What is your philosophy on Exercise?

The allure of that classic six–pack, toned pins, flat tum or perfect bum, leaves most of our client’s drawn to the aesthetic benefits of what exercise can do for them. Exercise regimes are often a means to an end, results driven and focused on achieving a desired effect rather than forming part of a regular, well balanced programme aimed at improving their movement vocabulary.

In this blog…rather than focus on a specific body area or injury discussion, it is pertinent to review a more generalised movement problem in modern society!

Modern day lifestyles have encouraged a wave of multiple muscle imbalances within clients and this has been compounded by weekly work postural positions that affect or often inhibit movement in clients on the one hand or the other extreme, where we see the emergence of the ‘weekend warrior’ who indulges in spurts of extreme exercise to help alleviate the stress and anxiety built into their lifestyles.

It is therefore no wonder, that these muscular imbalances can present themselves in our Pilates classes as problem areas causing clients discomfort or in some cases even pain. Often classes have to be modified to suit individuals to such an extent that the class no longer resembles a Pilates session.

Lets hear from Joseph Pilates himself. The founder of the Pilates Method – “Contrology” he called it!“

Physical fitness is the first requisite of happiness. Our interpretation of physical fitness is the attainment and maintenance of a uniformly developed body with a sound mind, fully capable of naturally, easily and satisfactorily performing our many and varied daily tasks with spontaneous zest and pleasure”

Joseph H Pilates

Let’s analyse some of what Joseph is talking about here!

“Physical Fitness and Movement = Happiness.”

Endorphin release is good for you. It counteracts stress. However some people can go overboard, chasing the adrenalin rush, which can make this harmful to the body. Repetitive movements i.e. repeating the same movement regime over time can lead to muscle imbalance. On the other hand, lack of movement and exercise has been linked to conditions like diabetes and high blood pressure to name but a few.

“Our interpretation of Physical Fitness”

What is your interpretation? Is it washboard abs? The ability to fit into that pair of skinny jeans. Ripped arms? Well think again. Joseph describes it as the attainment and maintenance of a uniformly developed body with a sound mind. One of the most common reasons why our clients give up on their fitness regime is doing too much too soon and injuring themselves in the process. Fitness enthusiasts take to exercise with great vigour-only to find themselves in pain a short time later. We should encourage all to enjoy the process of strategic work, where the aesthetic benefit is an automatic result, but not the aim.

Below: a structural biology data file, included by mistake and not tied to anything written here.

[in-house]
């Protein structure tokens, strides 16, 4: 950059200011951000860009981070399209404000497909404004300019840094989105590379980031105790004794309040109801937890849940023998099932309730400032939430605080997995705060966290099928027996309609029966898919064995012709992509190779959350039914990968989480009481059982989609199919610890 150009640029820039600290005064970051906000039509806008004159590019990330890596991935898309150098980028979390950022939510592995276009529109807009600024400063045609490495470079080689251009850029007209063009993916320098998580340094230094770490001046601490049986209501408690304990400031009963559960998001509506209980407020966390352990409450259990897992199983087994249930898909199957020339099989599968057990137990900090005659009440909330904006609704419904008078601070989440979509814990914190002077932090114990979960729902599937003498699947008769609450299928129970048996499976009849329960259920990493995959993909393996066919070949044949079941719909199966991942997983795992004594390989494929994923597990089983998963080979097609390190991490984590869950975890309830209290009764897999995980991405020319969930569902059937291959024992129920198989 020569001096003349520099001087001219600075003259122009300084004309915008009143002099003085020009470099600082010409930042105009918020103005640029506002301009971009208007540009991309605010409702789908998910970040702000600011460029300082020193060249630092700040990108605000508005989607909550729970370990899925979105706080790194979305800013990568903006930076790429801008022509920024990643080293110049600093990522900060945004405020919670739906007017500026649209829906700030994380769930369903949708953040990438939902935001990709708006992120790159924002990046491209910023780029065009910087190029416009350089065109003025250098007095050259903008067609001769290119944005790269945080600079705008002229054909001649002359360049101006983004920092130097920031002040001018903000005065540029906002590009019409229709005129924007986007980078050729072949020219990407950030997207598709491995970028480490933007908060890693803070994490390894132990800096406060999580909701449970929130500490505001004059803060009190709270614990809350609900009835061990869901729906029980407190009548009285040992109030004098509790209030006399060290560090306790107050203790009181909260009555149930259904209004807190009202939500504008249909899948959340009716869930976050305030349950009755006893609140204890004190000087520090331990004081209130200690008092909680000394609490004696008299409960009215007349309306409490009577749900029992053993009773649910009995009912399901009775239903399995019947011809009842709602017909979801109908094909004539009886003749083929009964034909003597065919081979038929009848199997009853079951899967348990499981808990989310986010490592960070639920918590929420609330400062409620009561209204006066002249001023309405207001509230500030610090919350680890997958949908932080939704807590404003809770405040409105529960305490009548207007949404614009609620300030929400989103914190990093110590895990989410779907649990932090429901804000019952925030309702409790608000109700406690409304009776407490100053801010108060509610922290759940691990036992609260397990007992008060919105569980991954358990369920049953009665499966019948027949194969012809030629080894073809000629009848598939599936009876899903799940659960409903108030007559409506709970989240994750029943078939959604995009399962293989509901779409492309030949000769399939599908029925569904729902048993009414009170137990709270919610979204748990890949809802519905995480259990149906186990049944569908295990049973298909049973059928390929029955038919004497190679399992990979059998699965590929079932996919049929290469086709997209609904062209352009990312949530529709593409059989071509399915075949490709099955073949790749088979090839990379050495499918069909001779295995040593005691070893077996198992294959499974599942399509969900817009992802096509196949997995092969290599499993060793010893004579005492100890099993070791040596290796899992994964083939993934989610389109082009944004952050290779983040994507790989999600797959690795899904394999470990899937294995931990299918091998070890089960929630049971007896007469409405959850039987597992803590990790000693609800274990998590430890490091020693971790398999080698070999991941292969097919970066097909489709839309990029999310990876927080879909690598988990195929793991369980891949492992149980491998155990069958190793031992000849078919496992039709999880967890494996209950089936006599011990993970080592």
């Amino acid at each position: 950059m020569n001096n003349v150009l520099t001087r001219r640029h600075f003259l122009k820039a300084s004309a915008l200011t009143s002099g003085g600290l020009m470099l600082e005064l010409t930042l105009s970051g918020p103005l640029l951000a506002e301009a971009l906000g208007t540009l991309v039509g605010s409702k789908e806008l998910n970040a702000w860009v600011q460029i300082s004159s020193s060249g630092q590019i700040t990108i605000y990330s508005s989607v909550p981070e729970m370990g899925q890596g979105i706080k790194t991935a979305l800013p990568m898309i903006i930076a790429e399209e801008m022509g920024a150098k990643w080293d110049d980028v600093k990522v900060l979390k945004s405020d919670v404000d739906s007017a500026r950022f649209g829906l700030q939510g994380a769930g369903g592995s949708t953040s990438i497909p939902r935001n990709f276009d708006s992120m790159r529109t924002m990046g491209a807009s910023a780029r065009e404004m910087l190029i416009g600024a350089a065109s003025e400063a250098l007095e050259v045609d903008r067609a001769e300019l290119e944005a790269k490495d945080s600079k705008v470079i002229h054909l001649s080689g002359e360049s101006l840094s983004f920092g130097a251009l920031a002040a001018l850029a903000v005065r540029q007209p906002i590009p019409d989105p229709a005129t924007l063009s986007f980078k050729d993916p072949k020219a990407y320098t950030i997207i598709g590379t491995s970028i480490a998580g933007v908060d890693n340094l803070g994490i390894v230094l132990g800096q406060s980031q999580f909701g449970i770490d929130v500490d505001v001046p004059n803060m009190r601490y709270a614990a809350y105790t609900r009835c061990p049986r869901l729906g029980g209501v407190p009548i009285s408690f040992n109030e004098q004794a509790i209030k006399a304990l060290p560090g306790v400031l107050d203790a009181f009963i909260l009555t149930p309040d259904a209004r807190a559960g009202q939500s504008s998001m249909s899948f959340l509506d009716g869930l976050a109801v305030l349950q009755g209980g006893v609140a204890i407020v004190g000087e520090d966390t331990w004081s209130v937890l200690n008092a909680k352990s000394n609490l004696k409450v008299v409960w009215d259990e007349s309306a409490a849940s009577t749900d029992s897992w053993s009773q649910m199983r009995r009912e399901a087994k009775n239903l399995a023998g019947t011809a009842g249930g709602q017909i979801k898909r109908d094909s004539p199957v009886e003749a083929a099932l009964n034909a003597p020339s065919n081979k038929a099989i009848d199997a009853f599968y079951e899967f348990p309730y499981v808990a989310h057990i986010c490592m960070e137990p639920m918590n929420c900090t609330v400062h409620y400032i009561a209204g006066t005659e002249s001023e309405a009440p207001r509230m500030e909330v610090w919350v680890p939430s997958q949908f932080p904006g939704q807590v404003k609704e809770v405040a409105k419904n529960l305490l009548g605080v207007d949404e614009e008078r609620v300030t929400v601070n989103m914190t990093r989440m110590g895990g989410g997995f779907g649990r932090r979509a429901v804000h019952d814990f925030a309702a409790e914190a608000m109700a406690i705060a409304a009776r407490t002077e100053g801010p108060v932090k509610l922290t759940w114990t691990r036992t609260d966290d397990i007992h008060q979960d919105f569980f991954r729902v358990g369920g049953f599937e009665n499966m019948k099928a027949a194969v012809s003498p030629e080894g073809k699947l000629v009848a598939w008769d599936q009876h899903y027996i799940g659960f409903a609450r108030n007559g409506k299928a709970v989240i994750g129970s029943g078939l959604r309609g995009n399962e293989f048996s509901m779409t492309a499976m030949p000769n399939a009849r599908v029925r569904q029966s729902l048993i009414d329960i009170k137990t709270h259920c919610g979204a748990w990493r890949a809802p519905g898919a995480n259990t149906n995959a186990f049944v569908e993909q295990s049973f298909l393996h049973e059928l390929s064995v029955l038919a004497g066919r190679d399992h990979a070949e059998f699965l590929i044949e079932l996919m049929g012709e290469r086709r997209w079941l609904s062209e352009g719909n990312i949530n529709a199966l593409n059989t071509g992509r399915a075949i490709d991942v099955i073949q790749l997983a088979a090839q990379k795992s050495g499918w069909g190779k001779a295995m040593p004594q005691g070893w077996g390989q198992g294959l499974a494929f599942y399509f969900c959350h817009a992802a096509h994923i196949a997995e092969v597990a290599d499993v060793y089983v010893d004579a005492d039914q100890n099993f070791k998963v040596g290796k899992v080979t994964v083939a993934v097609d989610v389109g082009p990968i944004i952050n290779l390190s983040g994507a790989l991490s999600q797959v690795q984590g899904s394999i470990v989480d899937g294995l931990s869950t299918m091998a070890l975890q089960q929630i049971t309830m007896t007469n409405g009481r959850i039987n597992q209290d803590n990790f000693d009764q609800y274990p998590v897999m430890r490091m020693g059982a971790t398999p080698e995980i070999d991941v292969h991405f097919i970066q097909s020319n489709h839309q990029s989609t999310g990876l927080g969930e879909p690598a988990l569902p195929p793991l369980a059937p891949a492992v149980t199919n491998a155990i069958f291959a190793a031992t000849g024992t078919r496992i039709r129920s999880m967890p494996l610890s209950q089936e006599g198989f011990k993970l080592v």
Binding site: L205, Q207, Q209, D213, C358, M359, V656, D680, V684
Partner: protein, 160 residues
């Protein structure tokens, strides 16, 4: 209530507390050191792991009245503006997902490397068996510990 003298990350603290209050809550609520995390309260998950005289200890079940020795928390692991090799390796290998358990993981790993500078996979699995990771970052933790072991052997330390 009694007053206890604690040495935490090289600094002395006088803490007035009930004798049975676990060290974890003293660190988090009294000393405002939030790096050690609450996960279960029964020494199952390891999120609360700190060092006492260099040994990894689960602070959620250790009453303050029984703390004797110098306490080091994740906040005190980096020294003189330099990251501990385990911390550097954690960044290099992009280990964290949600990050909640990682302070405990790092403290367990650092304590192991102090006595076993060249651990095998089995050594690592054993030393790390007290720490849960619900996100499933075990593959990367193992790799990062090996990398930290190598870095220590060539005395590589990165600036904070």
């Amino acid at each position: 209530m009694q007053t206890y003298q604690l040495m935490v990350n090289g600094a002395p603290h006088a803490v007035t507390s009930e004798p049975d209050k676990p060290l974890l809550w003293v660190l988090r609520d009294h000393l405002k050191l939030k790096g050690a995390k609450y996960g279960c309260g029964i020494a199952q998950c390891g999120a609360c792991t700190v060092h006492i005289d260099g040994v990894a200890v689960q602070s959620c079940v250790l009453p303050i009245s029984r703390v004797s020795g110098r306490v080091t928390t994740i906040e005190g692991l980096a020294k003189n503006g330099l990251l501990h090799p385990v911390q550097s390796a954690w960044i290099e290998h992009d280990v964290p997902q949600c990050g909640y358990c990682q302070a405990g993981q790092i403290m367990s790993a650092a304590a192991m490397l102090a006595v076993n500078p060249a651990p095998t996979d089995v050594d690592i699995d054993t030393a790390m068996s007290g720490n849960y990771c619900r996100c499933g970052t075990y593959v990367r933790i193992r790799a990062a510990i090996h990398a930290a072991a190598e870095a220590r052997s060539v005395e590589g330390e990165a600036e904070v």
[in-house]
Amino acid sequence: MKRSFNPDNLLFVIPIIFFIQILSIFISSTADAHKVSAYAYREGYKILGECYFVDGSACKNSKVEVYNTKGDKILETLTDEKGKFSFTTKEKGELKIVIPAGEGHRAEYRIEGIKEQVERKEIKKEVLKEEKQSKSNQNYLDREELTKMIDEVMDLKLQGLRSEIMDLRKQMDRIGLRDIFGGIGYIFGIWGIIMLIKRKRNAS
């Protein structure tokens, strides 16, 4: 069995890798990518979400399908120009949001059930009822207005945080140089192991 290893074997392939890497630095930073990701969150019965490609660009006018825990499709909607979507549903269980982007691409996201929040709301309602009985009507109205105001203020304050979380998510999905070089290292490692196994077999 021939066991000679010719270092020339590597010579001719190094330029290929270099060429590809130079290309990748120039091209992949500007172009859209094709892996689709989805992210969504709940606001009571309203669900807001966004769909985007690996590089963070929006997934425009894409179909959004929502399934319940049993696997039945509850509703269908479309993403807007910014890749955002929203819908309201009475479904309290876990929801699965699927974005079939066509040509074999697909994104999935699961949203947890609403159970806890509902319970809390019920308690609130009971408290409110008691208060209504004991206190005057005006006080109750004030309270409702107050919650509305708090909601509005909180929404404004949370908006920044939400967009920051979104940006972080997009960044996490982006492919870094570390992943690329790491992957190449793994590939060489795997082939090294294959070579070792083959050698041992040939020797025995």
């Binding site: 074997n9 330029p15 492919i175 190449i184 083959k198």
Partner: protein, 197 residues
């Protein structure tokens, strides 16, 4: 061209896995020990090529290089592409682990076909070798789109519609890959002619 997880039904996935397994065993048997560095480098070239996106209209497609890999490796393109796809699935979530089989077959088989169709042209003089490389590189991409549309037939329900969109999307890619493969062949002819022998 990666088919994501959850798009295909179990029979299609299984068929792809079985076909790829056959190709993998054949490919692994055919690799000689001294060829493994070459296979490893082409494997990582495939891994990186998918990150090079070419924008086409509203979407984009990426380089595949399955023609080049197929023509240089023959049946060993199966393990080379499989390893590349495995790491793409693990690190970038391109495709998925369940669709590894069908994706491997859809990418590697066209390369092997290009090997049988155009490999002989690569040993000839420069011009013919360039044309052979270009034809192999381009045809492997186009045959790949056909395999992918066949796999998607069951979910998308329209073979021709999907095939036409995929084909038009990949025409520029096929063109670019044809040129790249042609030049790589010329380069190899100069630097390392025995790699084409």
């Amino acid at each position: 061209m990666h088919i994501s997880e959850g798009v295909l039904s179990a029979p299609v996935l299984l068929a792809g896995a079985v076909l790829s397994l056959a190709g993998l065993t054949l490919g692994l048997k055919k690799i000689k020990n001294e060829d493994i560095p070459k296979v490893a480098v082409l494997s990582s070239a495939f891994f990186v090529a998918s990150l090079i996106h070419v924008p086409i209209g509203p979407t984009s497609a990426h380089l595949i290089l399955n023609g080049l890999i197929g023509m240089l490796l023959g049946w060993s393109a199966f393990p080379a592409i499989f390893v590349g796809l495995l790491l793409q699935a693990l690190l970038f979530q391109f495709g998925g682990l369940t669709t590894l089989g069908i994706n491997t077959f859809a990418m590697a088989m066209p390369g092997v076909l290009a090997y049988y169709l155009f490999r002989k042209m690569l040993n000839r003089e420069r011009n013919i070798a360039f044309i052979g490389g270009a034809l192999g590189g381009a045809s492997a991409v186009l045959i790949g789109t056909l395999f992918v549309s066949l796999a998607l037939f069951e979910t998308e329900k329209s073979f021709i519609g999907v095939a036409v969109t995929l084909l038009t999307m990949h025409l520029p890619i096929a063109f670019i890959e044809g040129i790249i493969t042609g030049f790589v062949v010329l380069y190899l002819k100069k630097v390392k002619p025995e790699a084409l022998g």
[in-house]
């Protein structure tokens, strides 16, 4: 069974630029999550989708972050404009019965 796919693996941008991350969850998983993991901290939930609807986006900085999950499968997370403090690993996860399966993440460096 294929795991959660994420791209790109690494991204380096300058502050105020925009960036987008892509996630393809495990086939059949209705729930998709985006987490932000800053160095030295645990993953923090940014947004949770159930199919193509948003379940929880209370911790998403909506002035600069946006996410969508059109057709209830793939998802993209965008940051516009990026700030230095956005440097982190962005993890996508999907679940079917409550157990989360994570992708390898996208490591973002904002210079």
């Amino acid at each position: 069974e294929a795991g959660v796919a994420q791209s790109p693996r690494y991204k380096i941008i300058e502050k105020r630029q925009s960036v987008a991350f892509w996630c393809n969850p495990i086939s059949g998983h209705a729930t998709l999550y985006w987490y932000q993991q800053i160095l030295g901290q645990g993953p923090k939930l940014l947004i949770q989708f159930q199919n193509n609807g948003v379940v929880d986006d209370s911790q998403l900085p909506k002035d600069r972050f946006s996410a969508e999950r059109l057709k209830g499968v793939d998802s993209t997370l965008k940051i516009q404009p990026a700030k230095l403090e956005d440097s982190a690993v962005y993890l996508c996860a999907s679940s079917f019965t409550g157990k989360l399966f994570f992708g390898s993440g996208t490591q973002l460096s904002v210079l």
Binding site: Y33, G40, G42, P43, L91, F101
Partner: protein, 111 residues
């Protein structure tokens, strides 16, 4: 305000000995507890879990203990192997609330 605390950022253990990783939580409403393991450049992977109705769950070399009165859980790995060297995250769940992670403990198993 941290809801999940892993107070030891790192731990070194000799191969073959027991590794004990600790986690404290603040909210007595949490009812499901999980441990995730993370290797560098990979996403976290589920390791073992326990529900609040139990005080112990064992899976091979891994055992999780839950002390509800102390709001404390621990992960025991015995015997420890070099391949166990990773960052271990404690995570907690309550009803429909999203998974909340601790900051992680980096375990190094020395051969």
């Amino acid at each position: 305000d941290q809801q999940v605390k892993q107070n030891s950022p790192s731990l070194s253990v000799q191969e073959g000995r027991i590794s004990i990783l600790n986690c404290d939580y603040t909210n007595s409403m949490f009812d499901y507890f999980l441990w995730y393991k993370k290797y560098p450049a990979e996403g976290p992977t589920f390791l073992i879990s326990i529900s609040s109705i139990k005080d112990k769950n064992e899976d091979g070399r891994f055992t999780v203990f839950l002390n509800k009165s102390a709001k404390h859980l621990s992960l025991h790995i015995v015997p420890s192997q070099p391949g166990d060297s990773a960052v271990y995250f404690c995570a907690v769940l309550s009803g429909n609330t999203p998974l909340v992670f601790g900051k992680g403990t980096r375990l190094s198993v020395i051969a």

“Fully Capable of naturally, easily and satisfactorily performing our many and varied daily tasks”

The main issue here is that patients normally come and see me when they can no longer “satisfactorily perform their many and varied daily tasks.” An injury can be devastating to a clients’ confidence. Much like I have seen recently to a colleague of mine who tore her Achilles tendon. Daily tasks become a nightmare and one cannot even think about anything exercise related. Not to mention the process of recovery, the frustration, the fear of return to movement….

“Spontaneous Zest and Pleasure”

To be able to move the way we want. Play with our kids, run, jump skip. Climb walk, squat. Hang?? How spontaneous can you be at the moment? Do you hold yourself back? And do you impose those limitations on those around you?
In conclusion, move more, and open your repertoire to the possibilities of what a good movement vocabulary can do. Go after the strategic process and let the reward be the aesthetic benefit not the aim in the first place. If you work with a body worker or Physical Therapist, make sure they understand these movement philosophies.

As I always say. I must walk the walk and talk the talk.
For emphasis once more, I couldn’t resist…now try reading this again.

“Physical fitness is the first requisite of happiness. Our interpretation of physical fitness is the attainment and maintenance of a uniformly developed body with a sound mind, fully capable of naturally, easily and satisfactorily performing our many and varied daily tasks with spontaneous zest and pleasure”

Be Well
Leslie

Leslie Abrahams

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